Queen's Quarterly

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For Gay Guys who have no hangups

These two issues of Queen's Quarterly came out just before I did. I've been trying to decide if I ever saw the magazine. The cover art is familiar but Queen's Quarterly may not have been the artist's only venue. The covers wouldn't have seduced $2.00 from me. I think the minimum wage may have been $1.50 and I was often gainlessly unemployed.

Here we have that old queer stereotype of manly desirability, the construction worker. My what a thick - what, I'm not sure, candy bars weren't made the large back then, beef jerky - he has. An article on Andre Gide who I'd shortly be reading on the recommendation of the Savannah, GA Waldens Books manager when I came in looking for books about being gay (I wanted an instruction manual).

Queen's Quarterly 1971

Ah, seafood. Savannah billed itself as the Port City. There were foreign sailor boys about. I never knew anyone who made a fetish of them, though many straight people seem to think we all have nautical sexual fantasies. In this issue we have Mr. Fire Island. Don't hear much about Fire Island anymore. In those less open times it held a legendary a place in gay men's minds. Now there are similar spots all over the country, famous if only locally like North Carolina's Jordan Lake.

And an article on the "movie queens" gay men love. That is still with us. Though on many gay weblogs it seems to have been eclipsed by lists of the guys seen on TV the writer would most like to spend at least fifteen minutes with.

Queen's Quarterly 1971

Even if I'd seen Queen's QuarterlyI couldn't have known that one day it'd become part of a mostly forgotten American queer past. Even if I'd bought them I'd never have saved them.

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Queen’s Quarterly was an important pioneering magazine published in Manhattan as the Swinging 60s became the Titanic 70s. QQ’s art director was the artist, A. Jay, (Al Shapiro), who drew one of the first continuing gay comic strips, “Harry Chess” which debuted in QQ. When A. Jay migrated from Manhattan to marry Dick Kriegmont in San Francisco in the early 70s, we all became friends.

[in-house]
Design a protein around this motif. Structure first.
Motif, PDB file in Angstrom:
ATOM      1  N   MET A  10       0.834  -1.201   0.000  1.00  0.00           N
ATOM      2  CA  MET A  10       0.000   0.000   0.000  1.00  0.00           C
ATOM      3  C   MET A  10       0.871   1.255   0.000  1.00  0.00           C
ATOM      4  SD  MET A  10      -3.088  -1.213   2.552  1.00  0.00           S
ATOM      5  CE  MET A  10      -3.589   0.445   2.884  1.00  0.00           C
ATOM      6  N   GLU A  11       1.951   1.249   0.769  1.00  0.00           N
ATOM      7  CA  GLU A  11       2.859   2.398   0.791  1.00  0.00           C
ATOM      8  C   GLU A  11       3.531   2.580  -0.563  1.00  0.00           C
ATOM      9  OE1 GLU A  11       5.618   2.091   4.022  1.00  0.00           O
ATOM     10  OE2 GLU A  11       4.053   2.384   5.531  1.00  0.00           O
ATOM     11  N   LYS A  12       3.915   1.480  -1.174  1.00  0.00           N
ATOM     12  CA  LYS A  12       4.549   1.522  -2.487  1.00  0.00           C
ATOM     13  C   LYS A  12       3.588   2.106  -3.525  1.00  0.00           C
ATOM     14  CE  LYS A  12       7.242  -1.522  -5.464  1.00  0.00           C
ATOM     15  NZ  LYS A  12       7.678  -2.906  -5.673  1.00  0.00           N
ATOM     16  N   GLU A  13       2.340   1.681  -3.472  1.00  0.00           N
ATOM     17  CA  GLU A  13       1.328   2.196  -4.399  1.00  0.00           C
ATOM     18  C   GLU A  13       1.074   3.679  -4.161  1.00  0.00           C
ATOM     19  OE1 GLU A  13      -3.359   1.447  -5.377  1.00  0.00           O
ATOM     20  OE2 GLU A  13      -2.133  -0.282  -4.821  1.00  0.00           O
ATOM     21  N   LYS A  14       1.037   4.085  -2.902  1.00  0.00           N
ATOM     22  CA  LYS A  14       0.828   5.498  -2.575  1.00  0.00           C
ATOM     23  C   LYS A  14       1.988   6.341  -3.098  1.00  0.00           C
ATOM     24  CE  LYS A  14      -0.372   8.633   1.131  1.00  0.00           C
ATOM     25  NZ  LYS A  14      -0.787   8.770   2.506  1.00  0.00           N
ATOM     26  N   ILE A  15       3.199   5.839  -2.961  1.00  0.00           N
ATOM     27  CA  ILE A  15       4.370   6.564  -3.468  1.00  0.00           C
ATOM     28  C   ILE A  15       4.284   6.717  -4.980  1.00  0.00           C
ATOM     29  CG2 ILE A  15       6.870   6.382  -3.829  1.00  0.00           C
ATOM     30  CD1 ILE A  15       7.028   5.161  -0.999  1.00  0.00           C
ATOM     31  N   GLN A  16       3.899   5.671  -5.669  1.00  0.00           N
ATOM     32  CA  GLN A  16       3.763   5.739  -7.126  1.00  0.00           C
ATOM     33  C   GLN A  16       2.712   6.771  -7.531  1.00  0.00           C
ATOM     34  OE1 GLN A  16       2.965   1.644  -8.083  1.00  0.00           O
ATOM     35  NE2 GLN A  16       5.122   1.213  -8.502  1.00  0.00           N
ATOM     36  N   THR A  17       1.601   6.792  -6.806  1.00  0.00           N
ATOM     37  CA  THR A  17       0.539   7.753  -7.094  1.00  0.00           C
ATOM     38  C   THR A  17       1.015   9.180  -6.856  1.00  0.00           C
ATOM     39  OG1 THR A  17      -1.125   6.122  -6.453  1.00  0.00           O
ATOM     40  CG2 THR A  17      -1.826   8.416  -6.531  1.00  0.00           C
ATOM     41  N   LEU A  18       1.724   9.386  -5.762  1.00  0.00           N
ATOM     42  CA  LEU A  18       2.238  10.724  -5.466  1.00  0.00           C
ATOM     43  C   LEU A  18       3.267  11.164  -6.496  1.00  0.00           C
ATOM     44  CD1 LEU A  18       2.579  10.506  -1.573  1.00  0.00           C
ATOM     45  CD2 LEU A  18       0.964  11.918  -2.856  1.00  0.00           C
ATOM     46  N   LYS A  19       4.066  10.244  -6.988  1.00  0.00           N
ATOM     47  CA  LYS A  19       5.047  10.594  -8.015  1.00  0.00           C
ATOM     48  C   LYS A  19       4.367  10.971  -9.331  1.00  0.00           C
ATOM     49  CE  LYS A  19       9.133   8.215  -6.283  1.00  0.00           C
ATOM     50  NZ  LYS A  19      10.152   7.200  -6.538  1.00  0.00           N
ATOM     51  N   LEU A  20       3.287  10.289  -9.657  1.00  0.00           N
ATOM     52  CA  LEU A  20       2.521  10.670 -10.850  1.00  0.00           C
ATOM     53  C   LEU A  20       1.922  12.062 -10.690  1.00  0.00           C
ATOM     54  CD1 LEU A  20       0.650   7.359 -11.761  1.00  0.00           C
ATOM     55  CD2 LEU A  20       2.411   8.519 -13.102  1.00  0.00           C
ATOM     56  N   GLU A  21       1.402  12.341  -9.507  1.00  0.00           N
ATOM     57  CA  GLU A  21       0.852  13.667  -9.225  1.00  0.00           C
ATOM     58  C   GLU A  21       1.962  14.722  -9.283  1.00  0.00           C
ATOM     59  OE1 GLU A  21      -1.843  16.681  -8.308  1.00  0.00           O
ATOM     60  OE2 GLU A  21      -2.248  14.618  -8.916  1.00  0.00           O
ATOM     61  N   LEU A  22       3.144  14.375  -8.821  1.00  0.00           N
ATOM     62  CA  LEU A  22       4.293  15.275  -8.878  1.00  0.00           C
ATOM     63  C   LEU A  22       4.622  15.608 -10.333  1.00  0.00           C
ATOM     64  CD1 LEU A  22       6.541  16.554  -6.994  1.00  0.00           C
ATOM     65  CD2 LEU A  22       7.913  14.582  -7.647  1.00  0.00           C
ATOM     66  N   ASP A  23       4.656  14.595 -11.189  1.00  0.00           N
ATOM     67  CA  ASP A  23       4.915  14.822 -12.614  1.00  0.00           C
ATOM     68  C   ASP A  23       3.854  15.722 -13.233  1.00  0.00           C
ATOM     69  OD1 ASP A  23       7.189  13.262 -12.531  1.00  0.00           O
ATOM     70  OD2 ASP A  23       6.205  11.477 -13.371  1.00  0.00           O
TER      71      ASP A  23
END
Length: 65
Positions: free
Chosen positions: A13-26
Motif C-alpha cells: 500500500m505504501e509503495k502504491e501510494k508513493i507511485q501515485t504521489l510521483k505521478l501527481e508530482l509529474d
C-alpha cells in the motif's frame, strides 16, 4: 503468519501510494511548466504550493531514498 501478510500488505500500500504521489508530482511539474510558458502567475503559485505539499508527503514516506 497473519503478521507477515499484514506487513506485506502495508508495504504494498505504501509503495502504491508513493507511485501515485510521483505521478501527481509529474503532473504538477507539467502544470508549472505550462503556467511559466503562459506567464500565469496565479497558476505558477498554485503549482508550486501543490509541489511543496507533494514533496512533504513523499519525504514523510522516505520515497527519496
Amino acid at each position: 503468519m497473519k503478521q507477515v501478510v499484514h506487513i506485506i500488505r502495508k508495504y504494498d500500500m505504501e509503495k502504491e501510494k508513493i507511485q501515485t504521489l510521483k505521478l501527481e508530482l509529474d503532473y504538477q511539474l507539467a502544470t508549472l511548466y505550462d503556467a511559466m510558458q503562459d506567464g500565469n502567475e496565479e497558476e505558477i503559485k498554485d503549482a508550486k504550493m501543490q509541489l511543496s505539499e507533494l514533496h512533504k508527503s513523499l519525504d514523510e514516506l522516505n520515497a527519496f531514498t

When Drummer magazine fled police harrassment in Los Angeles and moved to San Francisco, A. Jay became Drummer’s art director and I became Drummer’s founding San Francisco editor in chief.

Together A. Jay took his QQ’s experience, and I took my 20 years’ mag-editing experince and we levitated the phenomenon that became the legendary Drummer. We made Drummer the first homomasculine magazine which was 180 degree spin from QQ. But without QQ, and its solid profile of its audience, Drummer may have been less daring. What QQ did unabashedly for queens, Drummer dared do for masculine-identified queers—then neglected by gay media.

We left the stereotype of queens and,instead, developed the archetype of homomasculinity—not to deny queens, but to identify and empower gay men as masculine, because as long as straight culture thinks gay men are somehow female, gay men are more likely to be bashed. That abuse of women and gays is linked and must be stopped.

“Harry Chess” ran serialized in Drummer for years. A. Jay died May 30, 1987, and I went on to write for Drummer through 65 of its 200 issues.

Please read more about the wonderful pioneer artist and art director, A. Jay, at my site www.JackFritscher.com

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Thanks,
Richard

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